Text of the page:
DEEP DOWN THINGS by Tamara Linse

DEEP DOWN THINGS

KIRKUS REVIEW

In Linse’s (How to Be a Man, 2014) novel, three orphaned siblings must rely on each other through a host of tragedies and triumphs.
CJ, Tibs and Maggie are siblings whose lives fell apart when, during their childhood, their parents were killed in an accident. Their relationships with each as adults other are fraught, and their coping mechanisms, poor. CJ, the eldest, throws herself into her bartending job and relationships with unavailable men. Tibs idolizes Ernest Hemingway and dreams of becoming an author but can’t bring himself to actually begin writing. And sweet Maggie, the youngest, throws a wrench into all of their lives when she falls for Jackdaw, a macho cowboy. When Maggie gets pregnant, Jackdaw reluctantly agrees to marry her but then withdraws completely when their child is born with spina bifida, leaving Maggie to rely on her siblings for support. Linse certainly has a feel for the world of rodeos, ranches and the West. Her descriptions ably evoke the landscape, with its “long string of beaver ponds that ripple and dazzle in the light.” However, certain plot developments—a sudden pregnancy, the birth of a special needs child—don’t feel organic to the narrative. Instead, the story turns into a soap opera, particularly when, late in the novel, an unexpected love triangle develops and is left unresolved. Furthermore, the story is divided into short chapters that alternate perspectives among the four main characters. While this can certainly be an effective storytelling technique, the chapters are so short (sometimes just a page or two), the transitions feel jarred and choppy. Each character therefore feels a little underdeveloped, left to the devices of the machinery of the plot. Ultimately, the story has its poignant elements but feels a little too trite for its own good.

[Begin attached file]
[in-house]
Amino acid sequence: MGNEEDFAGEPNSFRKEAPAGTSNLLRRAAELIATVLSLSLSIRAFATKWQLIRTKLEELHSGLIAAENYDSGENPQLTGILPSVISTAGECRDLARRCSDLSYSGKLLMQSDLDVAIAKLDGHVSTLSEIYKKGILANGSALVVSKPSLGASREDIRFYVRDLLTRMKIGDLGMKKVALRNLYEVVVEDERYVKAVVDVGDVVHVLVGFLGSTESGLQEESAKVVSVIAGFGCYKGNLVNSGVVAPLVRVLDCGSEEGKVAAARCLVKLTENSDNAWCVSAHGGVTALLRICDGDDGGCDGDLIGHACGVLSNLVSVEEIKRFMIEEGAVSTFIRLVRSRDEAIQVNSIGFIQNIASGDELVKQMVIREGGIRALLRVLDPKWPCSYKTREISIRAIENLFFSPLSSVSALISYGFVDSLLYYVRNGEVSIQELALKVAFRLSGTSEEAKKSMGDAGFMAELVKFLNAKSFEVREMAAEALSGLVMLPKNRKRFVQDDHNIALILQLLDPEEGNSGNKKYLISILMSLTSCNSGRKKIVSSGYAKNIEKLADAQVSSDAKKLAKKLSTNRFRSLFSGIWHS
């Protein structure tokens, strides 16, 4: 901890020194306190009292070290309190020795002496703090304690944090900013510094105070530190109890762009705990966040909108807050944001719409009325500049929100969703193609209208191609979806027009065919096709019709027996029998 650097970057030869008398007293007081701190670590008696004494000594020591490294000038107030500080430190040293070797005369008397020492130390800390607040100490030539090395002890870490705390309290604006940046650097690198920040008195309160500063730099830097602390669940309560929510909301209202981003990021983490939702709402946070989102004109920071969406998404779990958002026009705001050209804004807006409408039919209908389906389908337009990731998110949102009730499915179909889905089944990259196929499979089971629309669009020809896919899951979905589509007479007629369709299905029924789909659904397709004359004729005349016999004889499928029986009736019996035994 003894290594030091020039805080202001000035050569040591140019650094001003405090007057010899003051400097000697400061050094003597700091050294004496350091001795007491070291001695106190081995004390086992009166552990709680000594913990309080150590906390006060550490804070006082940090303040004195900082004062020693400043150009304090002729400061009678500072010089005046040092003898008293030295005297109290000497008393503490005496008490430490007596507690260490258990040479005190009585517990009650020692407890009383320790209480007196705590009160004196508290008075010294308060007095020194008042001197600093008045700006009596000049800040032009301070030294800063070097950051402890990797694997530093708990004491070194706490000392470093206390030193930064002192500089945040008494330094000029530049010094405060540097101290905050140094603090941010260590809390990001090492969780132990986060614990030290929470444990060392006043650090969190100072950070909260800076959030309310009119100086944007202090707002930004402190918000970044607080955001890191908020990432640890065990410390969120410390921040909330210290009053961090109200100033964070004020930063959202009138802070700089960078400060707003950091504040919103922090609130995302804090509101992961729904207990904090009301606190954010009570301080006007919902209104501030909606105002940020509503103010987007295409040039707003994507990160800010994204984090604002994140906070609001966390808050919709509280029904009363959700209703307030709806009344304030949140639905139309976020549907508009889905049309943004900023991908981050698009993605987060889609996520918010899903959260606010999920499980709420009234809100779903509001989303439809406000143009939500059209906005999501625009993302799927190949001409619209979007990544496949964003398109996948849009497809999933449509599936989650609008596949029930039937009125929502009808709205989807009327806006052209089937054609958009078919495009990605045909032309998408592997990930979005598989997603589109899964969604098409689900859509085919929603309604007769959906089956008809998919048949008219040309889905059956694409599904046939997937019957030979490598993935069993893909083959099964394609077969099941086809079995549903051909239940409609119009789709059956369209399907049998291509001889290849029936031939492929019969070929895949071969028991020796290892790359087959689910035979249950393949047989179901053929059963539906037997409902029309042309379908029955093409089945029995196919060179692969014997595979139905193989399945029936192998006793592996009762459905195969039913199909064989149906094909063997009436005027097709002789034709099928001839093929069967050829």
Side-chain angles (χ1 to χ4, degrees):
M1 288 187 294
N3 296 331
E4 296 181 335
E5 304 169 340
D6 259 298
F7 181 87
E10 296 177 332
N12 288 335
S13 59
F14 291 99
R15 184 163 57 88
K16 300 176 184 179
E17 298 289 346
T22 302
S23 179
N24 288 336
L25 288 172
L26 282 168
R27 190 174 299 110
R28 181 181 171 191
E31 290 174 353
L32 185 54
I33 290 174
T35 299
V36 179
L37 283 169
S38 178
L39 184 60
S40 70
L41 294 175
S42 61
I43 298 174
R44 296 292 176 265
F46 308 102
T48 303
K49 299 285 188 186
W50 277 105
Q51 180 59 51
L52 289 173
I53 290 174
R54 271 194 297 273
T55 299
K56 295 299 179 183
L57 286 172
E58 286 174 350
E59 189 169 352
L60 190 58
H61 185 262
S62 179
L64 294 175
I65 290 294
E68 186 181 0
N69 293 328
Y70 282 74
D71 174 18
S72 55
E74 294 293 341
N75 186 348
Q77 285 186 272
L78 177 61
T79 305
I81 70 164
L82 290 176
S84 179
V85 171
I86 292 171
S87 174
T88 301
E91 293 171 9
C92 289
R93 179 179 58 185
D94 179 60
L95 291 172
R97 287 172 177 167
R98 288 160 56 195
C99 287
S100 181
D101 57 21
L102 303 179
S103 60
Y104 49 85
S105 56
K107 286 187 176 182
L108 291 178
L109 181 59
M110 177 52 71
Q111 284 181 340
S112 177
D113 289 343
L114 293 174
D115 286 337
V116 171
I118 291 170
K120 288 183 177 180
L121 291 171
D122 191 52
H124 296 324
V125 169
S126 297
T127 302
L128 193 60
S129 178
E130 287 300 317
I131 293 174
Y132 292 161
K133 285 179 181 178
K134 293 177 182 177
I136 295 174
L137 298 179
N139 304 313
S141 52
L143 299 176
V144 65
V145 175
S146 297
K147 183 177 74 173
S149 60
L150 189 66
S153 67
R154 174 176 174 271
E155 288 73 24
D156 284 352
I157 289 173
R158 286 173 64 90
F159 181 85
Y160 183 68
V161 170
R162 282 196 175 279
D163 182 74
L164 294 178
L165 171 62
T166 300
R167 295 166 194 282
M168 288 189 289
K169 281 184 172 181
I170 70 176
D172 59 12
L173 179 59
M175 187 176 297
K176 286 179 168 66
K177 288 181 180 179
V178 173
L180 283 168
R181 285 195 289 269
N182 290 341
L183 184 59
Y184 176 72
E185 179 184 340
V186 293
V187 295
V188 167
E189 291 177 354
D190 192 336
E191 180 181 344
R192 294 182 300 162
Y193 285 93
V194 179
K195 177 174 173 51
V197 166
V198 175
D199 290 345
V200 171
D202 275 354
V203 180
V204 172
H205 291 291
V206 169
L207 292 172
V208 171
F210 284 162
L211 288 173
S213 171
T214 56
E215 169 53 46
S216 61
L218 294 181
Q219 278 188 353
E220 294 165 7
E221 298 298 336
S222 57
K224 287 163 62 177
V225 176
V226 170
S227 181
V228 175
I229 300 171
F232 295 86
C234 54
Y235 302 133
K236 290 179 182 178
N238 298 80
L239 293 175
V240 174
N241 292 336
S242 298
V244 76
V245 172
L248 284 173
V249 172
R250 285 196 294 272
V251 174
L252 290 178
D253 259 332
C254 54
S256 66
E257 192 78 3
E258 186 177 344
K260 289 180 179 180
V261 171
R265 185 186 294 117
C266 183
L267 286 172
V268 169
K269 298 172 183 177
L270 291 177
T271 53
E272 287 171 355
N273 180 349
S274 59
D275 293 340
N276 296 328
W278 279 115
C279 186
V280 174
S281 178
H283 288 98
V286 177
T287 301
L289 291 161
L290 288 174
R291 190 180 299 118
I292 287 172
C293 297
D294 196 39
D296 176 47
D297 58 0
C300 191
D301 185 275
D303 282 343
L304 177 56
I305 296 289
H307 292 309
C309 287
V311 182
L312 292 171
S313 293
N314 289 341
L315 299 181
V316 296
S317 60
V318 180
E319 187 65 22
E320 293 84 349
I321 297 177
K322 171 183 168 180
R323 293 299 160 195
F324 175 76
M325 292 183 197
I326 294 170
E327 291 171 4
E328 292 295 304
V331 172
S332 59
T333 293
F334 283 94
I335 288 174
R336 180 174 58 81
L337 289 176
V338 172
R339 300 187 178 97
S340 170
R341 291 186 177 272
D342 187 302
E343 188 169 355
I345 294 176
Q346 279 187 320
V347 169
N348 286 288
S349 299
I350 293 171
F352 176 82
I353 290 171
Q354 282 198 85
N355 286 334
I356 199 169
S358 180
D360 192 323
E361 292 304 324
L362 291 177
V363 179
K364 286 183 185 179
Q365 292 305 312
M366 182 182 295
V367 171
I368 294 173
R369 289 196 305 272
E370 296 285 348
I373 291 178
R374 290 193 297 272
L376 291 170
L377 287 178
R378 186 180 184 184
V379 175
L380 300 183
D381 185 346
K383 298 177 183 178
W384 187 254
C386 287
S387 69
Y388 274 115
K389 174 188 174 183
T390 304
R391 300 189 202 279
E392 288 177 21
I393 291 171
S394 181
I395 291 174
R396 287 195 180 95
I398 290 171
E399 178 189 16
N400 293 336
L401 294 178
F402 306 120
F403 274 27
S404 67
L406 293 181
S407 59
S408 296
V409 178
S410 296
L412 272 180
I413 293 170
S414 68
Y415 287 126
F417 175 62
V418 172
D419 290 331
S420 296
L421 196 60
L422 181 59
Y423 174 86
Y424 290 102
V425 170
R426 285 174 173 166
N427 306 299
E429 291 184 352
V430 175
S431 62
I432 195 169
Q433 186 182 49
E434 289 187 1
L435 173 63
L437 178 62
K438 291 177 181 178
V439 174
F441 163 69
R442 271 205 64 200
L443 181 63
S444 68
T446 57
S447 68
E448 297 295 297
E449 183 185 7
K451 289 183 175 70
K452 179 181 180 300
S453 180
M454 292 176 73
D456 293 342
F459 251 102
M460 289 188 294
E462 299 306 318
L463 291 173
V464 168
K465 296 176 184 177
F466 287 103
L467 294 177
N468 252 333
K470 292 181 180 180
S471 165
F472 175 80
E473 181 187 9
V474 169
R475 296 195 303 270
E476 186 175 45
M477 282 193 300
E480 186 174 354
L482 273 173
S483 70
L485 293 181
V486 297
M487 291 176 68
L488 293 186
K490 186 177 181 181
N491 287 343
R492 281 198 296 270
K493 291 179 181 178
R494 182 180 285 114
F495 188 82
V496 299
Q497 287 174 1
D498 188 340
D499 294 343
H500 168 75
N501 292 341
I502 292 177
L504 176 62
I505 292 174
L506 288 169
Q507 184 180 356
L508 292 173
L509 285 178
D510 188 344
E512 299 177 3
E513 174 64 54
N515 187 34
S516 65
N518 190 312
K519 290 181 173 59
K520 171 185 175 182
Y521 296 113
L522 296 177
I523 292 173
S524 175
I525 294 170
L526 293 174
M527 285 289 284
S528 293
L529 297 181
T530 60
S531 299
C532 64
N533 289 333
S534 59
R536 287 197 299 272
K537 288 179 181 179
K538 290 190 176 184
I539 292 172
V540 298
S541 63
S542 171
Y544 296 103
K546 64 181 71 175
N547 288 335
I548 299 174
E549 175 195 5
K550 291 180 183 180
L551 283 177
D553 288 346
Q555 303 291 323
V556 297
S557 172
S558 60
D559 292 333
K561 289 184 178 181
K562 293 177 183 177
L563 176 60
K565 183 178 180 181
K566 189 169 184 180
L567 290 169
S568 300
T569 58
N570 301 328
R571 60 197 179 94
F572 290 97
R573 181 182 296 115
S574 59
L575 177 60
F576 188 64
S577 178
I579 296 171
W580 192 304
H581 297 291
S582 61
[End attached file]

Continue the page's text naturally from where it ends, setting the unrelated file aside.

A moving but uneven depiction of a family struggling through loss.
Pub Date: July 2nd, 2014
ISBN: 978-0991386734
Page count: 328pp
Publisher: Willow Words
Program: Kirkus Indie
Review Posted Online:




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